An often neglected but ultra/uber/super/extra/wicked important. You want (in my opinion) a Gold Certified power supply of 750w or greater (you do not "out of the gate" need this much wattage, but if you add another card or overclock you will be glad to have this extra juice, plus its better to over-power than under-power).

 

Case:  

 

Another thing often neglected where it counts, you want and need good airflow, hard core gaming heats that bugger up and you need an effective way to exhaust that heat. Looks are all well and good, but a good case serves a specific function. 

 

Sound:

 

Unless you are the most extreme of audiophiles what comes on the board will suffice.

 

Optical drives:

 

Suite to your taste.

 

Monitor:

 

Do not order these online before going into an actual store and comparing the image quality, this is what you will be spending 100% of your time looking at and a large portion of it is subjective to your taste, so take you time and choose wisely. You do not have to buy from there, but you do need to see which monitor looks best to you.

 

Networking:

 

Do everything in your power to hard-line your connection, LAN connections are full duplex which means it can transmit and receive data at the same time, WI-FI can only do one or the other at any given moment and in BIS games with so much information packeted this will reduce lag and give you a far more responsive experience. 

 

Keyboard and mouse:

 

These again vary greatly by taste, but the important things to pay attention to are(in the case of mice), how they feel in your hand, do they have enough buttons for the game you wish to play and dpi. Keyboards, should be mechanical and have n-key rollover i like back lit keys but i don't think its a make or break feature. 

 

 

Extras:

 

I am a huge fan of liquid coolers, even low budget ones that parallel air cooled solutions in their ability to dissipate heat. Liquid coolers run extremely quiet, and free up space inside your case for airflow. One can also liquid cool your GPU It all depends on how deep down the rabbit hole you wish to go. 

 

Ram has been proven time and time again in modern times to be insignificant in relation to gaming performance (think ddr3 1333 vs 1600 vs 1866 etc etc). Provided you run them dual channel (or quad channel depending on fancy a board and chip-set you have) there will be a difference of performance equal to the margin of error.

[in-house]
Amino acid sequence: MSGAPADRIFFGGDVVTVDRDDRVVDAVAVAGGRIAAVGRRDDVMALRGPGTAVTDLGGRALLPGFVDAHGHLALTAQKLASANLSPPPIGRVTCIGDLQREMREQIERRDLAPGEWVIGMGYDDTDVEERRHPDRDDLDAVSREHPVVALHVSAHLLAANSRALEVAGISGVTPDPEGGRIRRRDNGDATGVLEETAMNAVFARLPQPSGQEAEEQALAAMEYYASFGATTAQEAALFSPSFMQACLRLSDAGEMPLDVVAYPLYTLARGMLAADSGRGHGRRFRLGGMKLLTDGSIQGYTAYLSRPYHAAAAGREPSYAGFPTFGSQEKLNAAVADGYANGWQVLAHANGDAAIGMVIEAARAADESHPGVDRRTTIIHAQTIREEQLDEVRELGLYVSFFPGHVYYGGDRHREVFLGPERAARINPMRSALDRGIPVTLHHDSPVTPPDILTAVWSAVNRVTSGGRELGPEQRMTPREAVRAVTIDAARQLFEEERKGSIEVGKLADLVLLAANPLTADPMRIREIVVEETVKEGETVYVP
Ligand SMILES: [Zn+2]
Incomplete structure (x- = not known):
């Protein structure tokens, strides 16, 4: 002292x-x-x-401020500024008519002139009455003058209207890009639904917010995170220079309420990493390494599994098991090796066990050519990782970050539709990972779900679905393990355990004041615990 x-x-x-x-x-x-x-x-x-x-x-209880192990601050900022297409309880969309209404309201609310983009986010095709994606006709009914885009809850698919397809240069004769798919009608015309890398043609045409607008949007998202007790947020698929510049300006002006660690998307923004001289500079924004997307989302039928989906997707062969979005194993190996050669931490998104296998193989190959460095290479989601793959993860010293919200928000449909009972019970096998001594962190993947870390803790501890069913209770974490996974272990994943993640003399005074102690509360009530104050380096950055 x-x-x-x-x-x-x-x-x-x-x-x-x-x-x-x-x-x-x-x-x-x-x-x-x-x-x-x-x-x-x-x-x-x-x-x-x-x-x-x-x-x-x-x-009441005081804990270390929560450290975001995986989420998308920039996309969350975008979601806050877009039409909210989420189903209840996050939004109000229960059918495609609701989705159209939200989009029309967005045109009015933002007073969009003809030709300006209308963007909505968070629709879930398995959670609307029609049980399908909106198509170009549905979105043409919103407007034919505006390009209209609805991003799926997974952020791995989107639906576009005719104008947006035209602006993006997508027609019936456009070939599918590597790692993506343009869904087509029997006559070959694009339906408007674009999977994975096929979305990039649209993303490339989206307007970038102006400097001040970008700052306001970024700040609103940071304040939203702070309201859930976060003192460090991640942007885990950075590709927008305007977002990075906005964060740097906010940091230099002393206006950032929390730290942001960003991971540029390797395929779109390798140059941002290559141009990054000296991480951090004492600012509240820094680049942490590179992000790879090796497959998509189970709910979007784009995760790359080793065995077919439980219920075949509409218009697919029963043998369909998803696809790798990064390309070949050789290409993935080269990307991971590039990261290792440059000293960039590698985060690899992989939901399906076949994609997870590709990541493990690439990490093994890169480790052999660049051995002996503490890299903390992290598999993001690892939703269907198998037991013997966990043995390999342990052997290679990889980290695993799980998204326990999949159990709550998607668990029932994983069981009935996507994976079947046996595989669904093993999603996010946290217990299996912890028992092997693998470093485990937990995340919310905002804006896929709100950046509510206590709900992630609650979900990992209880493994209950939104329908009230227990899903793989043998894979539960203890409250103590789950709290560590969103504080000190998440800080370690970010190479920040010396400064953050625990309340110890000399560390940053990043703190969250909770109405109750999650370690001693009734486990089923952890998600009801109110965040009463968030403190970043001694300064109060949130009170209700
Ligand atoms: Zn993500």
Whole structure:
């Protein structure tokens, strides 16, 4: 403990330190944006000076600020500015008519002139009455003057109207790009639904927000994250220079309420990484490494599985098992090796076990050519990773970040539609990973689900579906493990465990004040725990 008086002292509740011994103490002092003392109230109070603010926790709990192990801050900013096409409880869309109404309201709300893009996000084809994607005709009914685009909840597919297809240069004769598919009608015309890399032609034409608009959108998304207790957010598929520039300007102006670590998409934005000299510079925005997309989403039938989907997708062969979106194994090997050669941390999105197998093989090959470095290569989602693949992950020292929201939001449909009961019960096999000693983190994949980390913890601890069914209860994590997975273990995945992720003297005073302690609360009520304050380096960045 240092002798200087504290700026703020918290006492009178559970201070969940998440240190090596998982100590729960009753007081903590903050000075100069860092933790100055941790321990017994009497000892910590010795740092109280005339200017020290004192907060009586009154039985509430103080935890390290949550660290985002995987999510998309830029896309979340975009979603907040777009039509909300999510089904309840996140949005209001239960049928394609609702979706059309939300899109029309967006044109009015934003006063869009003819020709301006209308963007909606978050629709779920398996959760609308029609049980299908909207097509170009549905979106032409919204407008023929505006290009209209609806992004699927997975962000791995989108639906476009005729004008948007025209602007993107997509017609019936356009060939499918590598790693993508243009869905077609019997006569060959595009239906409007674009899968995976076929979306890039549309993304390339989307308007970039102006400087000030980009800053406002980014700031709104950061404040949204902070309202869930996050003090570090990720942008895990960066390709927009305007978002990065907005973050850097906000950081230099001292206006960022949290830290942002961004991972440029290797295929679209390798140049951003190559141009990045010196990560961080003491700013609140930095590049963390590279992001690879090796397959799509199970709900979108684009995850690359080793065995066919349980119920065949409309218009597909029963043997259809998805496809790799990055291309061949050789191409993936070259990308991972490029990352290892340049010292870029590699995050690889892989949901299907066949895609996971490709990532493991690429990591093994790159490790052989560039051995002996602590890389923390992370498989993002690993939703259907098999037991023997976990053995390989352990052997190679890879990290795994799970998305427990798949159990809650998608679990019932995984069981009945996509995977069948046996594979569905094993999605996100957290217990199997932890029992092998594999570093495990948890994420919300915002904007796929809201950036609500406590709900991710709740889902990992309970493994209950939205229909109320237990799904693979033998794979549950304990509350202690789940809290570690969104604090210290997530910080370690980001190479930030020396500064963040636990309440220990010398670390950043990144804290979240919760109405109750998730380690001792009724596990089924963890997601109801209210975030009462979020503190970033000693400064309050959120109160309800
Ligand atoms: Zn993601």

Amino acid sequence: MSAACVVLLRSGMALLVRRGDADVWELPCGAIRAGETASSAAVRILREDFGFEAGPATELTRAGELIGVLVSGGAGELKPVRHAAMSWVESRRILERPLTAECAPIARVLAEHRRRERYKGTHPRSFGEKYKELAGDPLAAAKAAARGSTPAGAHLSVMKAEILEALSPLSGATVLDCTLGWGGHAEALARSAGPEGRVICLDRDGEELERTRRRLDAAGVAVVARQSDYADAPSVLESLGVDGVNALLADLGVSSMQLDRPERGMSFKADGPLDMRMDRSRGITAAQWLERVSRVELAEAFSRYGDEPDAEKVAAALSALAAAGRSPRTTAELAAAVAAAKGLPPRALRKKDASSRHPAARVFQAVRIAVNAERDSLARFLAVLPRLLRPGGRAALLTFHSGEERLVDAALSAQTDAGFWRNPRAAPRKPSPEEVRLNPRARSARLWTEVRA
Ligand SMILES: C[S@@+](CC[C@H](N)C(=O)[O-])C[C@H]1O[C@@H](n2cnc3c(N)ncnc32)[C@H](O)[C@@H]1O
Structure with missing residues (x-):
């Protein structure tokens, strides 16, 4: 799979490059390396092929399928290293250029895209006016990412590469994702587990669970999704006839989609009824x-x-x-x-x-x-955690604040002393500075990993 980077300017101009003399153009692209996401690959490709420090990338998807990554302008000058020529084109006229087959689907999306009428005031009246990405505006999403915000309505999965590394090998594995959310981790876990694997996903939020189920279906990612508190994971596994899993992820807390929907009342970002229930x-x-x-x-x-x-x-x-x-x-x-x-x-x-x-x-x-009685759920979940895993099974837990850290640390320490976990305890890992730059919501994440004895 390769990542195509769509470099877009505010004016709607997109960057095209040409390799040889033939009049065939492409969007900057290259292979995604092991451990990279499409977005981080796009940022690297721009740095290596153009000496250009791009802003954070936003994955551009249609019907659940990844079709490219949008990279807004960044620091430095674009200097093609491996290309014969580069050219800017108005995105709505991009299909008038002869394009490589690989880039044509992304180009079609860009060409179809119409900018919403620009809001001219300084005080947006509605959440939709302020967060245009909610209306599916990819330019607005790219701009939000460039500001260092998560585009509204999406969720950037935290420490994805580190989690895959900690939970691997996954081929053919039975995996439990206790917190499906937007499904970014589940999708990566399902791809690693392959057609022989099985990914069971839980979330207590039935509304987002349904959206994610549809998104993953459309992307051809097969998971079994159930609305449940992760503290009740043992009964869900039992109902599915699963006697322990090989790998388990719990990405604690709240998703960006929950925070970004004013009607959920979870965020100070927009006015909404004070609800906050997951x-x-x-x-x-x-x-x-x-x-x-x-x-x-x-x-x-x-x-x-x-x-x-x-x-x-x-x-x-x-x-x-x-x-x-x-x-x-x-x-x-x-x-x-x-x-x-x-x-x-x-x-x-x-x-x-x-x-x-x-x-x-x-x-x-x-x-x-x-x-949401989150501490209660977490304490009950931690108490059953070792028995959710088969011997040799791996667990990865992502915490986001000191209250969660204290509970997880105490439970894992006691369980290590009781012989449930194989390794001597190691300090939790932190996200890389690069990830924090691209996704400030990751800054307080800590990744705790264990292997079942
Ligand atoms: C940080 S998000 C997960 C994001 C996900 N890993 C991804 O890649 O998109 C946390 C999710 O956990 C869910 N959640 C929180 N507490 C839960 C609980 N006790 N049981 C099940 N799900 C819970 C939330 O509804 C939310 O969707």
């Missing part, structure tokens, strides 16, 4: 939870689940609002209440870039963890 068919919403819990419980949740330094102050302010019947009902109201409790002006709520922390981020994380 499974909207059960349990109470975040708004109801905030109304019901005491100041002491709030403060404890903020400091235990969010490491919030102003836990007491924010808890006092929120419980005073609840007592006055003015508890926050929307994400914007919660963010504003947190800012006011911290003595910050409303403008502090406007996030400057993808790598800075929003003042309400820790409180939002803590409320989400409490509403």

Edited by B@ker

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^ as per above ;)

With optical drives, i'd reccomend a DVD-R as minimum. Consider Blu-ray +/-R as the general rule is the tier above accomodates read/write to all lower tiers (and CDs are basically gone the way of Beta-max at this point).  Most mobo have USB/Firewire and sometimes even floppy support, so a case with 2+ expansion slots for optical is a good bet, especially if you're doing writing from disc-disc, although given the freeware software like PowerISO there is no need for two optical drives today for the average user.

 

Networking is important, but imo, if your MOBO is good enough onboard, you can think about getting a peripheral WiFi.  Aus has trash internet to begin with, but i see no real performance issues, pinging sub 60 to most servers. I use a USB TP-LINK High Gain 150Mbps wifi adapter which comes with a 3ft cable and adjustable antenna to allow for better positioning and more effective gain.

 

Also, once you have sourced the parts, I strongly reccomend you invest a few hours in youtube vids and even ping the DayZ website (either here and wait for it to be moved, or in Off Topic forum) and ask for help in building your own/assembling the parts yourself.  if you have a tech friend who's willing to help all the better.  I built mine from scratch, completely ignorant save for a few hours on Youtube and studious note taking, and I've not had an issue.  BIOS setup is generally as easy as on-screen prompts or following a manual, and most if not all good hardware parts have visual and text instructions as to installation and setup.  16year olds are doing this, or younger so there is no justification for paying someone to do it save for supporting local business at your expense.

 

There are several critical steps that can cost you a part or the whole system depending on how bad you fk up, but the mitigation strategy is easy and ultimately you need to be doing naughty things to your PC to cause damage, as long as you are patient, study a few hours and have a steady hand.  This will save you $100 minimum and will give you a more intimate understanding of your system (and of course that golden feel in your heart).

 

Exciting times for a young survivor :)

edit: it would look like someone has moved your post here to tech/prog so I'd say this would be the place to ask questions when you get around to building your own (you will be building your own won't you? ... ;))

Edited by q.S Sachiel

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I don't know where you are from but for that money, in Ireland, you could build a top of the line gaming rig that will run any game on the planet at max settings. The above advice is good. You have money for a very good intel/nvidia setup or an out of this world AMD/ATI system. I'm selling the one in my signature for about $1200 at the moment so you should be fine.

 

Although, you will still get pretty low framerates in cities comparable to other games/environments. But that is not the computers fault (most of the time).